After 114 years, the brick-and-stone J.H. Sessions & Son industrial building that looms over Bristol’s Riverside Avenue is on track to become an apartment complex.

Gov. Ned Lamont visited the city Monday to announce that Connecticut will kick in $2 million for the project, which is intended to brighten one of the city’s main gateways and add more than 90 housing units.

“What this reminds you of is how much of an industrial center Connecticut was in 1907, 1908,” Lamont told an audience of city officials, business leaders and residents gathered outside the building. “We are reinventing ourselves every day.”

The hulking four-story factory has been problematic for Bristol for several decades, but was once the headquarters of a prominent manufacturer of iron bolts, locks, latches, hinges and other hardware for shipping trunks.

Sessions gradually cut back operations in the ‘60s and ‘70s, and closed altogether in the mid-’80s. Bristol tried for years to interest small manufacturers in redeveloping the building, but the site needs extensive environmental cleanup and the floor plan was laid out for industries of a century ago.

Artists and a few very small businesses have rented some space over the years, but the building’s deterioration continued. Civic leaders have pressed for a major restoration, partly because the Sessions building is the most noticeable part of the landscape as drivers head downtown from the east.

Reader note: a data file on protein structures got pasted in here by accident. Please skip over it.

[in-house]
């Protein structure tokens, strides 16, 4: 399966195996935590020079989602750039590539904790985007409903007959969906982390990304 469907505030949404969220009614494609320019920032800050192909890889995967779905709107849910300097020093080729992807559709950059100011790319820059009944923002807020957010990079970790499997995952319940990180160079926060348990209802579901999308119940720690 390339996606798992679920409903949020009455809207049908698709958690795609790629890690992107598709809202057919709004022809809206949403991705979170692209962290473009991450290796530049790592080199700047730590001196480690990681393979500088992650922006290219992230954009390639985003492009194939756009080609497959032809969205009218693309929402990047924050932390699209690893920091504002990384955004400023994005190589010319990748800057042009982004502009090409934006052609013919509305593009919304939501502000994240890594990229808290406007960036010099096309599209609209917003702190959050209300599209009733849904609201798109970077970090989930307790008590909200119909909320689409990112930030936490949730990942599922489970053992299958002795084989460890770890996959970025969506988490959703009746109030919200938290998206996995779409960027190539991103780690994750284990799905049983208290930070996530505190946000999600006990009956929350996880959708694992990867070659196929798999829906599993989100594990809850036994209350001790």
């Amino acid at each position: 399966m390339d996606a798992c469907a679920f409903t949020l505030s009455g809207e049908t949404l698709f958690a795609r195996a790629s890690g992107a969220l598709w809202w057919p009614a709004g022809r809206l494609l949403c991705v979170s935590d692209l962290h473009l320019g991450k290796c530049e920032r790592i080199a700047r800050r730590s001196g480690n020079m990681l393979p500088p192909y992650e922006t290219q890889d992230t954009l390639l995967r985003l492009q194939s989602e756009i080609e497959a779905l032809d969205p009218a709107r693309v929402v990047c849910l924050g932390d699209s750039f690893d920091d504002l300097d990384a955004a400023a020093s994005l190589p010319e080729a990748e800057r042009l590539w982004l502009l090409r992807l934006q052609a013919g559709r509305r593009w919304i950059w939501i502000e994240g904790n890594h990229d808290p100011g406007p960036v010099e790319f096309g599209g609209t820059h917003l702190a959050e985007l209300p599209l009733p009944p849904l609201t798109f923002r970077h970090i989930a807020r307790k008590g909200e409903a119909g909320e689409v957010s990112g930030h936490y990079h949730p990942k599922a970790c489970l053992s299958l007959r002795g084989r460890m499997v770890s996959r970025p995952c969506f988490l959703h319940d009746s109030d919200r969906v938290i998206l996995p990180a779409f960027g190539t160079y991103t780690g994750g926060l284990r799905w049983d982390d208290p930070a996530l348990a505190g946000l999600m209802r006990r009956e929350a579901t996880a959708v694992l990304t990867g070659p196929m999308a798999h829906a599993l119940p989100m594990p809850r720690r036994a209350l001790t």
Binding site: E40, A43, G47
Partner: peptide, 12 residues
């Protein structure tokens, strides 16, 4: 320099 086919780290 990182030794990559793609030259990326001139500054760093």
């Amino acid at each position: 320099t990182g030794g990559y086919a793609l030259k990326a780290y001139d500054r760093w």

“We’ve been waiting over 15 years to stand here and be poised to do this project,” Mayor Ellen Zoppo-Sassu said Monday.

The project is part of Zoppo-Sassu’s vision of reviving downtown, which never recovered from the large-scale demolition of many commercial buildings several decades ago. Some were replaced by the Bristol Centre Mall, which fell on bad times and was demolished about 15 years ago.

“Downtown has been one of the clear examples of having almost the heart of the community ripped out for urban renewal,” Zoppo-Sassu said. “Housing is critical in the city of Bristol right now. To be able to bring on 91 units, we know we can sustain and support that.”

Vesta Corp. and the Bristol Housing Authority plan to thoroughly remodel the structure into one- and two-bedroom apartments, and construct a 45,000-square-foot building on the same property for more.

“This will create quality market-rate housing to serve the needs of Bristol residents including city employees, firefighters, police, EMTs, teachers, hospital employees or other workers who make between 80 and 120% of the region’s median income,” Lt. Gov. Susan Bysiewicz said. “The state of Connecticut is thrilled to be investing in Bristol. This is going to help change the landscape of this city.”

The state aid is part of a $19 million package of Brownfield remediation projects that Lamont approved. It covers 31 projects in 23 different communities across Connecticut; Bristol tied with Vernon for landing the second-biggest share of the money. Only Waterbury, which will get $4 million, did better.

Bristol will use its share of the funds for environmental cleanup, an expense estimated four years ago to run more than $1.7 million. Vesta and the Bristol Housing Authority then anticipate hiring the local D’Amato Construction Co. to do the remodeling.

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Image credit: Mark Mirko/The Hartford Courant

Author: ross